The Maritime History of the Great Lakes
Oswego Palladium (Oswego, NY), Nov. 20, 1895

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Abner C. Mattoon

Abner C. Mattoon, one of Oswego's oldest and best known citizens died at the family residence in West Second street a few minutes before noon to-day in the eight-first year of his age.

Few men in this country had a more eventful career than Mr. Mattoon. Starting at the bottom round in the ladder when a mere boy in his native city Rochester, he climbed steadily and surely, overcoming obstacles that to many would have appeared insurmountable, reaching the top in th prime of is manhood and winning for himself a seat in the State Senate as a representative of the Oswego district.

Mr. Mattoon was born in Rochester N,.Y. In October 1814. His father died while he was still a child and his mother found it necessary ot provide for her family of children. In those days there were few railroads in the State. The old canal was the usual mode of travel between principal points. All traffic was regarded as sure to continue by canal and the ambition of every boy was to command a packet or canal boat. It was natural therefore, that good sturdy strong-limbed boy, full of health and vigor, should turn his attention to the canal for a livelihood.

In that way A.C. Mattoon started in life and became a driver and the youngest at that time in the line out of Rochester being only thirteen years old. He worked faithfully and became a favorite with his employers. His earnings were carefully saved and with the close of navigation turned over to his mother in Rochester. During the Winger months he attended school in Rochester and the same determination to ge ahead that afterwards characterized his business life was noticeable in his youth and he carefully took advantage of every opportunity to store in his mind with knowledge and useful information. A boy with the tendencies and ambition of Mr. Mattoon could not long remain a driver and in his fifteenth year he was promoted and made a tally-man.

When he was seventeen or eighteen years of age he determined to go South and engage in the transportation business then in the height of its activity upon the Mississippi. On his first trip down the river an opportunity presented itself. The purser was taken sick and there was great confusion in taking and unloading freight at the various landings. *

[*The paper is cut off here]

Board of Education formed in Oswego May 11, 1853, under the free graded School act.

In 1853 Mr. Mattoon was Alderman for the Third ward under Mayor James D. Colver. In 1863-4 he represented Oswego in the Assembly and in 1868-9 in the Senate. In 1862 Mr. Mattoon was a member of the Military Committee for the organization of military companies to help put down the rebellion Elais Rood was chairman and the other members of the board were D.C. Littlejohn Henry Fitrzhugh, Delos De Wolf, Willard Johnson T Kingsford, E. B. Tanbott, D. G. Fort , R. K. Sanford, B. E. Bowen, A.F. Smith, all prominent and influential citizens. Mr. Mattoon was also one of the original incorporators of the Oswego Water Works Company. While in the Assembly he succeeded in getting the first appropriation for the Oswego State Normal and Training School and always afterward while at Albany looked after favorable legislation for that institution.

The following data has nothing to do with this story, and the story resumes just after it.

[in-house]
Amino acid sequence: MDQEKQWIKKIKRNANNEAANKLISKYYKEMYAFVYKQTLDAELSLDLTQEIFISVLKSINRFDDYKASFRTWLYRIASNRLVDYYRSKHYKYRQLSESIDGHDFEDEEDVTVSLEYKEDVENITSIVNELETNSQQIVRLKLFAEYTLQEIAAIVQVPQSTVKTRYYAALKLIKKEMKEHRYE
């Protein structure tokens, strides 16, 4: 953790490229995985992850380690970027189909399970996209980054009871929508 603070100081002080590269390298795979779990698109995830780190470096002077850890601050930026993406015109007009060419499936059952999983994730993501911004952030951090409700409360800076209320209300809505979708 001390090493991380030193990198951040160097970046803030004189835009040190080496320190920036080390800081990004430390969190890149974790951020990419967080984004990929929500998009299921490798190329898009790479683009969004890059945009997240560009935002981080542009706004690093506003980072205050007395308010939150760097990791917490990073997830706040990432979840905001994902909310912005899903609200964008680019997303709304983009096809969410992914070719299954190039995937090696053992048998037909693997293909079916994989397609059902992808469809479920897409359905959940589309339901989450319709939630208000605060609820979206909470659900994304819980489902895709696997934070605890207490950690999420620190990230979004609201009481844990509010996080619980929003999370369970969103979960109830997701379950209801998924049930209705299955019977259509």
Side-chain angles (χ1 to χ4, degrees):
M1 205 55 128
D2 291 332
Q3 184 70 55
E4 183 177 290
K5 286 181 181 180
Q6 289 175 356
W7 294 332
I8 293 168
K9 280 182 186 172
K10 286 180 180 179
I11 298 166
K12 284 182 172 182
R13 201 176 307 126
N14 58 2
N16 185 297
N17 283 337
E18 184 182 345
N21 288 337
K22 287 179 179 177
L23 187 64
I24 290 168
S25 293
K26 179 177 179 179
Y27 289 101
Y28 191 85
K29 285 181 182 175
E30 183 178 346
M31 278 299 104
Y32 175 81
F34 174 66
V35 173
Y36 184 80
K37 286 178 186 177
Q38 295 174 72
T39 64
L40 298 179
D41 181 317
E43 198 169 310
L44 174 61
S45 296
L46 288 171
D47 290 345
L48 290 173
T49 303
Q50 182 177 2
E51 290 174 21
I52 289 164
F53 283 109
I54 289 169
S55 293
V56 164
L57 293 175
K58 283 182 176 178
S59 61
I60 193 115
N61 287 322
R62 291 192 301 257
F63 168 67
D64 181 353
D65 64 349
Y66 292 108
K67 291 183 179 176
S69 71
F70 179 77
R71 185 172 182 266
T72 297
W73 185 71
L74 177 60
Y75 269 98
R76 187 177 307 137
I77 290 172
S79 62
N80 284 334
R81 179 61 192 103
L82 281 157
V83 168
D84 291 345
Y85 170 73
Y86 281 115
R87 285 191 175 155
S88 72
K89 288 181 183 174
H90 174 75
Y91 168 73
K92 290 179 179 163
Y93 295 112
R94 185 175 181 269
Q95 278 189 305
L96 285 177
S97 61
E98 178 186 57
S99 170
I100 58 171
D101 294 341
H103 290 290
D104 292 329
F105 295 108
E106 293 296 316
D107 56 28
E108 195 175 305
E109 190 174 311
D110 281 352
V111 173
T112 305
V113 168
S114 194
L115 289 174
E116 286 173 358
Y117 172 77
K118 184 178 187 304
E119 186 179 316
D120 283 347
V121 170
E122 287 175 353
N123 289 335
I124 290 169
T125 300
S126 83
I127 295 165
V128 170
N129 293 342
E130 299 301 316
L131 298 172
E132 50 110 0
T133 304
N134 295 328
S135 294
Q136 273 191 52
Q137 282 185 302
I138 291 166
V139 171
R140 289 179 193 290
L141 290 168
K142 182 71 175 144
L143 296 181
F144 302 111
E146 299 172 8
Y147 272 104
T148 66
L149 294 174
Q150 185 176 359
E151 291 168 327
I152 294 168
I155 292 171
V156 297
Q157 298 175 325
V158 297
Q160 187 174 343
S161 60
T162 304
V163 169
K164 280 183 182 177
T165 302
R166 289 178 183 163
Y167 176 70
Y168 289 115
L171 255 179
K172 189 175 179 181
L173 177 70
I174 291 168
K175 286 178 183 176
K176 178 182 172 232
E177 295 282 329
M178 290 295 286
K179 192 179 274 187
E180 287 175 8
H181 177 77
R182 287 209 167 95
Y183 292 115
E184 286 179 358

Mr. Mattoon had the distinction of bing the builder of the first steam tug West of the Hudson river, the Hattie Howard. While working in New York he completed the erection of the first derrick ever seen upon the docks of that famous harbor. It was erected in Coeyman's slip and at the time revolutionized the method of handling freights from vessels barges and canalboats. For years Mr. Mattoon was active in the forwarding business from Oswego and owned many canalboats. He became wealthy and afterwards lost a large amount of money in the shrinkage of values in real estate. In his habits of life Mr. Mattoon ws very temperate, seldom in ever using liquor, tobacco or stimulants in any form.

During his early life he took an active interest , with other young men of his time in the Volunteer Fire Department. He was also prominent in athletics and was a noted referee and umpire in baseball and cricket matches and an official in local boat and yacht races.

In 1894 Mr Mattoon was elected President of the Old Volunteer Firemen's Association of Oswego and took an active part in the State Convention held here that year. He was in delicate health at the time but insisted upon taking an active part in the business arrangements. Shortly afterwards he was taken sick and for the past year nearly confined to the house. For a man of his years he was particularly active and retained all of his faculties in a remarkable degree.

Mr. Mattoon is survived by a widow and thee sons, one brother and a half brother. His sons are Doctor Edward A. Mattoon of Salida Colorado, surgeon for the Denver & Rio Grande Railroad; John Henry and Willard N. Mattoon of this city. His brother is Charles C. Mattoon and his half brother is George L. Munroe. Of this city. Mr Mattoon was for years a prominent member of the First Presbyterian church.

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Nov. 20, 1895
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Richard Palmer
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Public domain: Copyright has expired according to the applicable Canadian or American laws. No restrictions on use.
Maritime History of the Great Lakes
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Oswego Palladium (Oswego, NY), Nov. 20, 1895